Boulder, Colorado Photo by Pedro Szekely via Flickr Creative Commons

Colorado makes no pretension about its cuisine. This is ranch and mountain country, and the food is game meats and potato fare. But they do it well, and any town worth its salt also provides a solid range of affordable international restaurants to work with. Colorado is also the craft brewing capital of America, so expect a sweet little microbrewery in nearly every town. Nightlife is all about throwing back a cold one and listening to live music, even in the capital Denver. Coloradans like to keep the scene cool and mellow, just like their mighty Rocky Mountains.

Bars and Pubbing in Colorado

Denver is certainly the entertainment capital of Colorado, especially in its nicely restored historic LoDo district. This lively compact area of downtown has sports bars, famous microbreweries like Wynkoop (1634 18th Street, Denver) and even some old-style western saloons for your square dancing fix. But don’t discredit the mountaineers, LoDo is trendy and dress to impress. The working class hangs out along Broadway and East Colfax, where age-old establishments like My Brother’s Bar (2376 15th Street, Denver) are just steps from hot music venues like the Paramount Theater (1621 Glenarm Place, Denver). One of the most iconic (albeit not for the food) restaurants in Colorado is the bubblegum pink building of Casa Bonita (6715 W. Colfax Avenue, Lakewood), memorialized on an episode of South Park for their quirky cliff divers and other attractions

Boulder is another buzzing town thanks to its huge university scene. Pedestrianized Pearl Street has great spots like Mountain Sun Pub and Brewery (1535 Pearl Street, Boulder) or the Walrus (1911 11th Street, Boulder), where the beloved free peanuts can be thrown right on the floor. Or venture up to The Hill where students swill beer and eat pizza at The Sink (1165 13th Street, Boulder) which has even been frequented by President Obama. In summer try and catch an outdoor concert at the sublimely scenic Chautauqua Auditorium or famed Red Rocks Amphitheatre.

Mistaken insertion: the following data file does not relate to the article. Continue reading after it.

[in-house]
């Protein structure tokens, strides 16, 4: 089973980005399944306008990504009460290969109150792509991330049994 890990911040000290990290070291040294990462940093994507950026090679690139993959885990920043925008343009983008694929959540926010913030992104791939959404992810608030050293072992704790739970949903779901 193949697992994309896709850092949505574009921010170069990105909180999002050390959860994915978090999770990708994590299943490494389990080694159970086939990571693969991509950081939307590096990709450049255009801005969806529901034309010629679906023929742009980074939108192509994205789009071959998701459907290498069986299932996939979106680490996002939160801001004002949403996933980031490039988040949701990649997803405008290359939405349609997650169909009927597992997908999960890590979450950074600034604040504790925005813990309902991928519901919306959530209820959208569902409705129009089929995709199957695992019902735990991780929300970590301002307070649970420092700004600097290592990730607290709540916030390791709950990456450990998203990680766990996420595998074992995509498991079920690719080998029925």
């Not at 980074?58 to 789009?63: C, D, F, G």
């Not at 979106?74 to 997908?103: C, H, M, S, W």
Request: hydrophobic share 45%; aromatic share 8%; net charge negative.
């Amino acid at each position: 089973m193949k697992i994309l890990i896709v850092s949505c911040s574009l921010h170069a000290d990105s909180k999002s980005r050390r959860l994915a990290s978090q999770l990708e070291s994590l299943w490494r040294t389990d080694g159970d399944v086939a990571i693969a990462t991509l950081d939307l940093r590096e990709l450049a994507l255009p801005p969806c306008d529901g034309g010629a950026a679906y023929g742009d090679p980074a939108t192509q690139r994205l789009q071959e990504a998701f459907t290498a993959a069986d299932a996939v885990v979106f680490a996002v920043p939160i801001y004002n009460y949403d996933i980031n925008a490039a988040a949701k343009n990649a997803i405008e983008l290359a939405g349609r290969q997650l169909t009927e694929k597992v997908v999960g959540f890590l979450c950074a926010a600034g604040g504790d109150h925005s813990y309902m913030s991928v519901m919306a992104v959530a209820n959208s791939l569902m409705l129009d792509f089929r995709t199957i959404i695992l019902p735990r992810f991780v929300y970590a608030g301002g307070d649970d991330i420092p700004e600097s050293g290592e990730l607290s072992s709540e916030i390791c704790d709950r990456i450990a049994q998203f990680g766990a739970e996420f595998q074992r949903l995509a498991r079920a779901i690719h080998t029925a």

Colorado’s ski towns are also famous for their hard partying and funky bars. In Aspen you can rub elbows with celebrities at the historic J Bar (330 E Main Street, Aspen) or party hard at Syzygy (520 E Hyman Ave, Aspen) until around 2:00 a.m. when most Colorado bars shut down. Telluride, Crested Butte, Steamboat Springs and Durango all have great casual mountain town bar scenes where a brew can be picked up at nearly any establishment.

Dining and Cuisine in Colorado

When you are in Denver, Boulder, Aspen, Telluride or Durango there are plenty of options when it comes time to dine. Aspen is one of the state’s most expensive places for everything, but you can get reasonably priced meals at Main Street Bakery (201 E Main Street, Aspen) or go all out for some five-star cuisine at Piñons (105 S Mill Street, Aspen). Aspen definitely has the top tier category well covered.

Denver naturally has the best range of restaurants in Colorado, from cheap tasty Mexican joints to famous (and pricey) steak houses like the Buckhorn Exchange (1000 Osage Street, Denver). The trendiest neighborhoods for eating out are in Cherry Creek and downtown’s LoDo district. American Contemporary dominates the style of cuisine and a number of up and coming chefs have won accolades for their fusion dishes. The wait for a table at Fruition (1313 E 6th Ave, Denver) or the Larimer Square institution Rioja (1431 Larimer Square, Denver) can be weeks.

Another style of cuisine that hits the mark in Colorado is Mexican. There’s a sizable Latino population in the state and most locals love a good plate of green chile. Every town has at least one or two cheap and authentic Mexican restaurants, especially Denver. Make the effort to seek out El Tejado (2651 S Broadway, Denver) or Las Delicias (439 E 19th Street, Denver).

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